Wednesday, November 04, 2009

How one thing is not like the other

In his most recent diatribe against evolution, OJ applauds Islamic countries for embracing creationism.

What a bizarre notion [that creationism corrodes scientific education]. Americans just won pretty much every Nobel prize and we reject Darwinism.


Any estimates as to how many of those Nobel Prize winners think creationism would be a valuable addition to American science classes?

10 Comments:

Blogger Peter Burnet said...

You should have answered that, although Europeans embrace Darwinism, they make up nearly all the saints.

November 04, 2009 7:11 AM  
Blogger erp said...

Peter, what's the difference between saints and blesseds?

November 04, 2009 8:58 AM  
Blogger Peter Burnet said...

Why would a poor little Canadian Protestant country boy know that? Why not ask David? He..um...knows everything!

November 04, 2009 9:33 AM  
Blogger Bret said...

I think your link to Judd's post is messed up - it just takes me to this post. But I think I remember seeing it recently.

I don't really see how whether or not Nobel Prize winners support Creationism in science classes is related to Judd's most recent diatribe.

November 04, 2009 9:53 AM  
Blogger erp said...

... because the link you posted is a list of saints and blesseds.

November 04, 2009 10:21 AM  
Blogger Harry Eagar said...

We just elevated Damien the Leper from blessed to saint, with Mother Marianne in the wings.

A blessed is a sort of apprentice saint.

Orrin should ask how many of those Nobelists attended bible college.

November 04, 2009 2:22 PM  
Blogger erp said...

Thanks Harry.

November 04, 2009 3:00 PM  
Blogger Hey Skipper said...

I think your link to Judd's post is messed up.

Thanks, fixed.

I don't really see how whether or not Nobel Prize winners support Creationism in science classes is related to Judd's most recent diatribe.

The "bizarre notion" is that creationism is somehow anti-scientific, the bizarreness demonstrated by how many Americans apparently do not accept evolution, and how often the Nobel is awarded to Americans.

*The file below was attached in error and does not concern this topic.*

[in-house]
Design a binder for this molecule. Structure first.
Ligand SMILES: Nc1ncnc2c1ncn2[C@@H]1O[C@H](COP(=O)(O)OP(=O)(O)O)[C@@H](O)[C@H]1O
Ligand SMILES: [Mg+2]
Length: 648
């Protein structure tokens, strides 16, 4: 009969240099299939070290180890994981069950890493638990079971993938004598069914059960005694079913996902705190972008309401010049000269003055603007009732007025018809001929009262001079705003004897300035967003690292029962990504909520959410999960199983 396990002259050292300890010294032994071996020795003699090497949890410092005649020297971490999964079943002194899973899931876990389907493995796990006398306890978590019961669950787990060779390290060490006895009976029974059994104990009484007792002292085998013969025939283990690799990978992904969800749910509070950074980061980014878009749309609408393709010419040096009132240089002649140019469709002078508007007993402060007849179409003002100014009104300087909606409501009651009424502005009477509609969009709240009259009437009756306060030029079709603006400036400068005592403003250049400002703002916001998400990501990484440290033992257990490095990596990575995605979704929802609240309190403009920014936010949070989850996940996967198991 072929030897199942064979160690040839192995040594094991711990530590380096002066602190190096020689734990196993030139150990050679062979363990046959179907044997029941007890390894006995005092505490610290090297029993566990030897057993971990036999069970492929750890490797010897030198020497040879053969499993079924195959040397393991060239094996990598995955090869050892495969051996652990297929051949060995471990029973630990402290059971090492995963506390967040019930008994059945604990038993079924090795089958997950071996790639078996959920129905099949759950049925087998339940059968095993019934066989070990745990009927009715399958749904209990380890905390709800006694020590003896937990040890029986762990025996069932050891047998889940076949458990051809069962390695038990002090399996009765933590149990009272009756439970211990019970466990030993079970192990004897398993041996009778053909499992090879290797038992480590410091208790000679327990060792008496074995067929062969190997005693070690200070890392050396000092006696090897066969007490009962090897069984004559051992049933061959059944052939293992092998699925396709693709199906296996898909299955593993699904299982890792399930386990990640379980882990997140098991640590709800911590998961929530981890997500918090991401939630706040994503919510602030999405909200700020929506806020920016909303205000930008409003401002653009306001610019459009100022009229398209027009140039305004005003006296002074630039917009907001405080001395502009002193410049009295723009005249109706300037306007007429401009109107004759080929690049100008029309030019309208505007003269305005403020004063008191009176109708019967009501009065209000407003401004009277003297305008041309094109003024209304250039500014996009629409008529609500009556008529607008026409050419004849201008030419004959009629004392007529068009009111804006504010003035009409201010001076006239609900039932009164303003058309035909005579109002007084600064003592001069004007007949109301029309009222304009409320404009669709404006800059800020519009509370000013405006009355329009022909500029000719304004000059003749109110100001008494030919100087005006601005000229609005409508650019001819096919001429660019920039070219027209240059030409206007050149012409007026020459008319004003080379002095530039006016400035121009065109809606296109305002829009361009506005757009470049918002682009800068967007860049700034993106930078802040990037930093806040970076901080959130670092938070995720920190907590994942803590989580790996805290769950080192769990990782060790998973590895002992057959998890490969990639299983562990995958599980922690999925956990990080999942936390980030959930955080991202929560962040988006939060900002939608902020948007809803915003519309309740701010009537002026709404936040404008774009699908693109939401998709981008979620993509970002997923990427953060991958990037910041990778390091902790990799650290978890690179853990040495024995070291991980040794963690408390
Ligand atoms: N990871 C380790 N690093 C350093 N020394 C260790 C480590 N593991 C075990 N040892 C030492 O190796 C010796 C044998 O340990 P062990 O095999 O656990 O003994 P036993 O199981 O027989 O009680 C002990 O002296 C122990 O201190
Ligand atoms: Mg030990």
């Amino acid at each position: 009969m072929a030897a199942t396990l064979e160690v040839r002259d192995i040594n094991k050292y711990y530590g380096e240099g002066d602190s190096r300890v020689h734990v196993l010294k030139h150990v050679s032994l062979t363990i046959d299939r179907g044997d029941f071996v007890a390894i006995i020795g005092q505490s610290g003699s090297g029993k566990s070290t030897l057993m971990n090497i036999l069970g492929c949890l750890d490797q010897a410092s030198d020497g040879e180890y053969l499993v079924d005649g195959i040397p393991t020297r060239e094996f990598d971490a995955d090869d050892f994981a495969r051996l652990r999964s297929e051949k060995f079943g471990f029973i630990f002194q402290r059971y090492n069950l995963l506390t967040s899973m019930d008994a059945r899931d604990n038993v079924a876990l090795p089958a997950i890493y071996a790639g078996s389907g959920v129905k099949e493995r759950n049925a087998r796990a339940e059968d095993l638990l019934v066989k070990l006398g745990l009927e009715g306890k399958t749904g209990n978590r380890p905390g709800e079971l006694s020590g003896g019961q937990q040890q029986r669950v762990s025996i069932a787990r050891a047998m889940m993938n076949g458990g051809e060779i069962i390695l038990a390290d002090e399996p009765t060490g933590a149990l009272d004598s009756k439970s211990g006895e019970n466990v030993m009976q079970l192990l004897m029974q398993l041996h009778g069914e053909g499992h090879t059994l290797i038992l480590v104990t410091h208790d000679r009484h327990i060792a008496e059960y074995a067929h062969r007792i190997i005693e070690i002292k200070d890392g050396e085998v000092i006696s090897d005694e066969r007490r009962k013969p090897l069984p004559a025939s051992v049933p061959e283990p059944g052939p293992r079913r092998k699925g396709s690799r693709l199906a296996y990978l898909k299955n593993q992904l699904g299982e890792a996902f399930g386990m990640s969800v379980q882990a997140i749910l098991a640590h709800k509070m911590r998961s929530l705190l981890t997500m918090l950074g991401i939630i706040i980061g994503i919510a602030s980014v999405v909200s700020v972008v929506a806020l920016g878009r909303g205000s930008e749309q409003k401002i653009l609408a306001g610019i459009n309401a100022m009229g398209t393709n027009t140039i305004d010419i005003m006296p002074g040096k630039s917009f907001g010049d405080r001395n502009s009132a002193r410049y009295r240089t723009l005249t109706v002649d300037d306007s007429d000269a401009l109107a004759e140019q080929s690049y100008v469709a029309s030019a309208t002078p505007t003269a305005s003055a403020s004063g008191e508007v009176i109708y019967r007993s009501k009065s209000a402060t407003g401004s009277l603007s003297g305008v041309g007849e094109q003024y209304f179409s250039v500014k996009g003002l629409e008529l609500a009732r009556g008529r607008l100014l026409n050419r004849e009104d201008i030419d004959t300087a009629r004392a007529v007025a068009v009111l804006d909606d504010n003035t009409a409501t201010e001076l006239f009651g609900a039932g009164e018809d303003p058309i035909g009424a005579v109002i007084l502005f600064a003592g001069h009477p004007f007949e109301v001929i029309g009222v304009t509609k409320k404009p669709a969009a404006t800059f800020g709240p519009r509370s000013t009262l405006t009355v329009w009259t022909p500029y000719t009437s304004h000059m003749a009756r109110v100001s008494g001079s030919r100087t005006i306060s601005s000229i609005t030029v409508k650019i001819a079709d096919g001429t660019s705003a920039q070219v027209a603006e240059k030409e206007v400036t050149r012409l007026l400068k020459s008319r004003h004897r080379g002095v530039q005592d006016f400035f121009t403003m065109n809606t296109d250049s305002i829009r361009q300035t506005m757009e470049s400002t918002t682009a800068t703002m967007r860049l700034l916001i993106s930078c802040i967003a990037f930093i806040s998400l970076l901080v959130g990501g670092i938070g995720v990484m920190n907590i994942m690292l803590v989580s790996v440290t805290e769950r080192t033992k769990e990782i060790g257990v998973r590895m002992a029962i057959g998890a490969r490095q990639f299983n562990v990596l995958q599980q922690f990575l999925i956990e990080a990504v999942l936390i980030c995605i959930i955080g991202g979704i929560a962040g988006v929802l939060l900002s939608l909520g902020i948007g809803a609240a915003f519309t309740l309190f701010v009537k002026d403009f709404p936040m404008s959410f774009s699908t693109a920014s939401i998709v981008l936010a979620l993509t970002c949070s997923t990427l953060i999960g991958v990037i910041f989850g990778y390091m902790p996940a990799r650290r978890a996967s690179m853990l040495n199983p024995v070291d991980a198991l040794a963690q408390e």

One thing is not like the other. At best the linkage is a non-sequitor; otherwise, it is an insult to the intelligence of anyone who blunders upon that post.

November 04, 2009 5:23 PM  
Blogger Harry Eagar said...

erp, I thought you said you had been taught by the good sisters. I would have given a less flip response otherwise.

The church has three levels of recognition of good behavior.

1. Venerable. A candidate status, given to defunct Catholics who died in unusually good odor. This sets off some formal recordkeeping, including a little discreet investigation to see whether the private life of the candidate saint was all it should have been; and it puts the laity on notice to keep a sharp eye for miracles.

2. Blessed. Formal candidacy for sainthood -- much like being a candidate-member of the Politburo -- and the start of accumulation of evidence of miracles.

3. Sainthood. This used to require 2 official miracles, although with Damien, there seems to have been only one.

John Paul II was anxious to generate a lot of more current saints than the somewhat tired dragonslahyers and virgins of the distant past, but the recent record of Catholics has been none too impressive, so they had to, like Yale, accept pretty much anybody.

November 06, 2009 1:44 PM  
Blogger erp said...

Harry, My request of Peter was flippant as well.

You're right, I did go to a school run by the Sisters of Charity even though I wasn't Catholic (long story). They were outstandingly kind to me nevertheless and I remember them with great fondness. I tried to show my gratitude by becoming a student worthy of their attention and probably learned 90% of what I ever knew from those gentle Irish girls.

November 06, 2009 2:11 PM  

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